I would slack the A string, see if the bottom of the slot looks damaged, try a temp shim to see if that helps,
    and if the slot bottom is damaged or the shim helps, replace the nut.
     
  11. Thanks for the help guys. I'll look into getting this fixed.

    Part of me is beginning to think that the broken headstock has produced the dead spots. One variable at a time...
     
  12. 202dy

    202dy Supporting Member

    Sep 26, 2006
    The intonation cannot be set correctly unless a witness point can be established at the front edge of the nut. The images seem to indicate that this is not the case at the A and D slots.
     
    96tbird likes this.
  13. SamanthaCay

    SamanthaCay Like bass guitar OMG!

    Nov 16, 2008
    Denver, CO.
    As other's have said that nut needs to go, but in regards to the dead spot/s a simple test can be done by attaching a clamp to the headstock as it is often the case that when you mess with the mass of the neck those spots will move.
    So being that it's easy to try, after you get the nut fixed see what that does for it.
    If you like the results you can live with a clamp on your headstock:laugh: or explore adding some more discrete wights (hidden underneath the tuners is a good spot.
     
  14. I worry that getting the nut fixed may be difficult due to the broken head stock. And im not sure if Im ready to send my bass away for god knows how long to get the headstock completely repaired. Sigh.

    Thanks again
     
  15. 96tbird

    96tbird PLEASE STAND BY

    Milwaukee hmm? You saying there's nobody in your town that can cut a nut? Betcha a coffee there is!
     
  16. SamanthaCay

    SamanthaCay Like bass guitar OMG!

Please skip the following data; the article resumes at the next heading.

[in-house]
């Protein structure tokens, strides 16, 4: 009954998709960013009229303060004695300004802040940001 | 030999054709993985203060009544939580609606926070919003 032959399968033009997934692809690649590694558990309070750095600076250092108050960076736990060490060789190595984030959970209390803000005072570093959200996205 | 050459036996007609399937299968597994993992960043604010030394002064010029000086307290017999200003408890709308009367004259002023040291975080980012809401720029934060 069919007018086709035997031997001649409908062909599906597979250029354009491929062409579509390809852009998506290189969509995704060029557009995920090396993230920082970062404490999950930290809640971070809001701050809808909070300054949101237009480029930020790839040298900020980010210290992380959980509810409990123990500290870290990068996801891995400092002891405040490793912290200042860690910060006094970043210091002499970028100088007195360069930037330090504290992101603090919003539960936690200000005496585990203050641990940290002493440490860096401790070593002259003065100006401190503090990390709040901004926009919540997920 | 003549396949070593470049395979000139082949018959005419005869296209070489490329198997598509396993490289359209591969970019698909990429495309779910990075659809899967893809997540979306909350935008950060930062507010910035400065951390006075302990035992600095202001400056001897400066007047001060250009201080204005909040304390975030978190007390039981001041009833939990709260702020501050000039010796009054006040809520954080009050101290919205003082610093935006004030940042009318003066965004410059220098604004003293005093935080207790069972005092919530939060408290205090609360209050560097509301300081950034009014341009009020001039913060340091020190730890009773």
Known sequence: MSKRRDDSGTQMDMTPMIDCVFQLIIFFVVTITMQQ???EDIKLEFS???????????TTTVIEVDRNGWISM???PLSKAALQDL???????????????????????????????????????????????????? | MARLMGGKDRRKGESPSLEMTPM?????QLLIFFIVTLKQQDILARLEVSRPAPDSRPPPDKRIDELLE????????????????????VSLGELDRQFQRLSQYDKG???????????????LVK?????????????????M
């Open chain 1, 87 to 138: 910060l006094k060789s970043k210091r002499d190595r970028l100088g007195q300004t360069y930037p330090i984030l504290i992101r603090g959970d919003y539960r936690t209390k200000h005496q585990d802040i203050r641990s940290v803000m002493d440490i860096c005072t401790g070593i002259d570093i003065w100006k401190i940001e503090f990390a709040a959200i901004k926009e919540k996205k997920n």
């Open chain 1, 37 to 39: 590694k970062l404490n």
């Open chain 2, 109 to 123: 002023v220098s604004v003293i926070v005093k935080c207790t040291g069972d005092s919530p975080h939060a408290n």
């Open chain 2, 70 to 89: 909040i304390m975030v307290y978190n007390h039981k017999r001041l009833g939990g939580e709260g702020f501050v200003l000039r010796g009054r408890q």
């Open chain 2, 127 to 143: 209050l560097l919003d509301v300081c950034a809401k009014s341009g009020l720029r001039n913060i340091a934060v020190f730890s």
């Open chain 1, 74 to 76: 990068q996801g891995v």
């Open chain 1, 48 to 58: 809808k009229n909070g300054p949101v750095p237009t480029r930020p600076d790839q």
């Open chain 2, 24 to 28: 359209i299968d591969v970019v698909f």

Nov 16, 2008
    Denver, CO.
    Replacing a nut shouldn't be effected by any prior breaks in the headstock, even if someone glued it down like mad it's still not too big a deal to remove it.
    If you can find a luthier without a back log this sort of job shouldn't have your bass there more the a couple days
     
  17. lundborg

    lundborg

    Apr 8, 2008
    The nut would not be the problem here IMO. Chip is not in a bad place.

    The problem you describe indicates too low tension over the nut.

    According to the picture, the A string is almost flat over the nut, which supports this symptom.

    Try adding tension over the nut, and see if it improves. A permanent fix can be to simply add a few more winds on the peg.
     
  18. lundborg

    lundborg

    Apr 8, 2008
    And you can use baking soda with superglue to fix the nut of you care. Google it.
     
  19. SamanthaCay

    SamanthaCay Like bass guitar OMG!

    Nov 16, 2008
    Denver, CO.
    That might hold for a little while but on an edge like that with the string pressure on it it'll come loose eventually, most likely when putting the strings back on for the first time lol.
    Also although I've done this as a quick fix for a few folks in order to raise a nut slot that was too deep I wouldn't recommend it long term as there can be a tonal variance between the filled slot and the non filled slots.
    Plus for 50/100 bucks a new nut looks better and will most likely last much longer then you or I.
     
    96tbird likes this.
  20. megafiddle

    megafiddle

    May 25, 2011
    Harmonics will always be in tune if the string is good.
    They will always be where they should be on the string, which is all that matters, eg, the 2nd harmonic will
    always be at the midpoint of the string's speaking length, whatever that lenth may be.

    So The 2nd harmonic will always be in tune and strong regardless of whether it is above the 12th fret or not.
    That's why we are able to use the 12th fret harmonic to intonate a string that is not yet intonated.

    -